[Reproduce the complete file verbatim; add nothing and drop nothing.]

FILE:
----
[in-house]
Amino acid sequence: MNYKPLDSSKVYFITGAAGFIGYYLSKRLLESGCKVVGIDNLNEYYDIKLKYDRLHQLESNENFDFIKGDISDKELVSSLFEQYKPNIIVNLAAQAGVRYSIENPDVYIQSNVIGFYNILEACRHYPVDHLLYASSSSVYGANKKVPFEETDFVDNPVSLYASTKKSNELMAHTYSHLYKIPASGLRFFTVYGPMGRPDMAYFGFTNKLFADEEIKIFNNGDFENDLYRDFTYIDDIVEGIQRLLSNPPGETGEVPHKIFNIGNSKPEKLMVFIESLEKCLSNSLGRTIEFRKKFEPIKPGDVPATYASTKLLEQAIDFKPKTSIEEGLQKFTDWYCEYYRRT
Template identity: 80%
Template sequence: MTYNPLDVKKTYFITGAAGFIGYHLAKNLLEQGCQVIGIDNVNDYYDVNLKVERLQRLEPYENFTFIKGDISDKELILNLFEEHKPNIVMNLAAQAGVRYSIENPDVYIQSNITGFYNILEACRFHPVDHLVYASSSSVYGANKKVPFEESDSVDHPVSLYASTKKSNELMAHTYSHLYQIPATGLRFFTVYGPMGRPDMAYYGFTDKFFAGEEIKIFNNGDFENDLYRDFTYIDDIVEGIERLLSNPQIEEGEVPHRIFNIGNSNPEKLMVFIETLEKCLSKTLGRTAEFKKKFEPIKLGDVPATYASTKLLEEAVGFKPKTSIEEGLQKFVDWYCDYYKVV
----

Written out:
[in-house]
Amino acid sequence: MNYKPLDSSKVYFITGAAGFIGYYLSKRLLESGCKVVGIDNLNEYYDIKLKYDRLHQLESNENFDFIKGDISDKELVSSLFEQYKPNIIVNLAAQAGVRYSIENPDVYIQSNVIGFYNILEACRHYPVDHLLYASSSSVYGANKKVPFEETDFVDNPVSLYASTKKSNELMAHTYSHLYKIPASGLRFFTVYGPMGRPDMAYFGFTNKLFADEEIKIFNNGDFENDLYRDFTYIDDIVEGIQRLLSNPPGETGEVPHKIFNIGNSKPEKLMVFIESLEKCLSNSLGRTIEFRKKFEPIKPGDVPATYASTKLLEQAIDFKPKTSIEEGLQKFTDWYCEYYRRT
Template identity: 80%
Template sequence: MTYNPLDVKKTYFITGAAGFIGYHLAKNLLEQGCQVIGIDNVNDYYDVNLKVERLQRLEPYENFTFIKGDISDKELILNLFEEHKPNIVMNLAAQAGVRYSIENPDVYIQSNITGFYNILEACRFHPVDHLVYASSSSVYGANKKVPFEESDSVDHPVSLYASTKKSNELMAHTYSHLYQIPATGLRFFTVYGPMGRPDMAYYGFTDKFFAGEEIKIFNNGDFENDLYRDFTYIDDIVEGIERLLSNPQIEEGEVPHRIFNIGNSNPEKLMVFIETLEKCLSKTLGRTAEFKKKFEPIKLGDVPATYASTKLLEEAVGFKPKTSIEEGLQKFVDWYCDYYKVV